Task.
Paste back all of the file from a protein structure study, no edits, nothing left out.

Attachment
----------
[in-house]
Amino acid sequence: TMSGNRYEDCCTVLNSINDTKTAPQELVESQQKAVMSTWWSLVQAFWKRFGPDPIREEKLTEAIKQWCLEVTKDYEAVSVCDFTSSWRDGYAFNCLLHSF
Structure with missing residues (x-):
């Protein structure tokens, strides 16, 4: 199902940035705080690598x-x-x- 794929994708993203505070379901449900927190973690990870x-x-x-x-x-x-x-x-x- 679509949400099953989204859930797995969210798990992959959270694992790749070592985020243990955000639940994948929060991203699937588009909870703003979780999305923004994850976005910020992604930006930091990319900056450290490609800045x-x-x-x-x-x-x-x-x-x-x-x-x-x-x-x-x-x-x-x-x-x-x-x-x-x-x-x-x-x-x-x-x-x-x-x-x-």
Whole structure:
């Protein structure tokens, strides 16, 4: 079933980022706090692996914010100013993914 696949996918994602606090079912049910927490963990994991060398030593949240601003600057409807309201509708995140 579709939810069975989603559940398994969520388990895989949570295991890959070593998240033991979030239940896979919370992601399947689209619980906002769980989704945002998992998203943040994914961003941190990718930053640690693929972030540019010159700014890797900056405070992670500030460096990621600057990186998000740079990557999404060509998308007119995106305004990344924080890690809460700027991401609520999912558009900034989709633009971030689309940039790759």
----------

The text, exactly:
[in-house]
Amino acid sequence: TMSGNRYEDCCTVLNSINDTKTAPQELVESQQKAVMSTWWSLVQAFWKRFGPDPIREEKLTEAIKQWCLEVTKDYEAVSVCDFTSSWRDGYAFNCLLHSF
Structure with missing residues (x-):
């Protein structure tokens, strides 16, 4: 199902940035705080690598x-x-x- 794929994708993203505070379901449900927190973690990870x-x-x-x-x-x-x-x-x- 679509949400099953989204859930797995969210798990992959959270694992790749070592985020243990955000639940994948929060991203699937588009909870703003979780999305923004994850976005910020992604930006930091990319900056450290490609800045x-x-x-x-x-x-x-x-x-x-x-x-x-x-x-x-x-x-x-x-x-x-x-x-x-x-x-x-x-x-x-x-x-x-x-x-x-």
Whole structure:
């Protein structure tokens, strides 16, 4: 079933980022706090692996914010100013993914 696949996918994602606090079912049910927490963990994991060398030593949240601003600057409807309201509708995140 579709939810069975989603559940398994969520388990895989949570295991890959070593998240033991979030239940896979919370992601399947689209619980906002769980989704945002998992998203943040994914961003941190990718930053640690693929972030540019010159700014890797900056405070992670500030460096990621600057990186998000740079990557999404060509998308007119995106305004990344924080890690809460700027991401609520999912558009900034989709633009971030689309940039790759």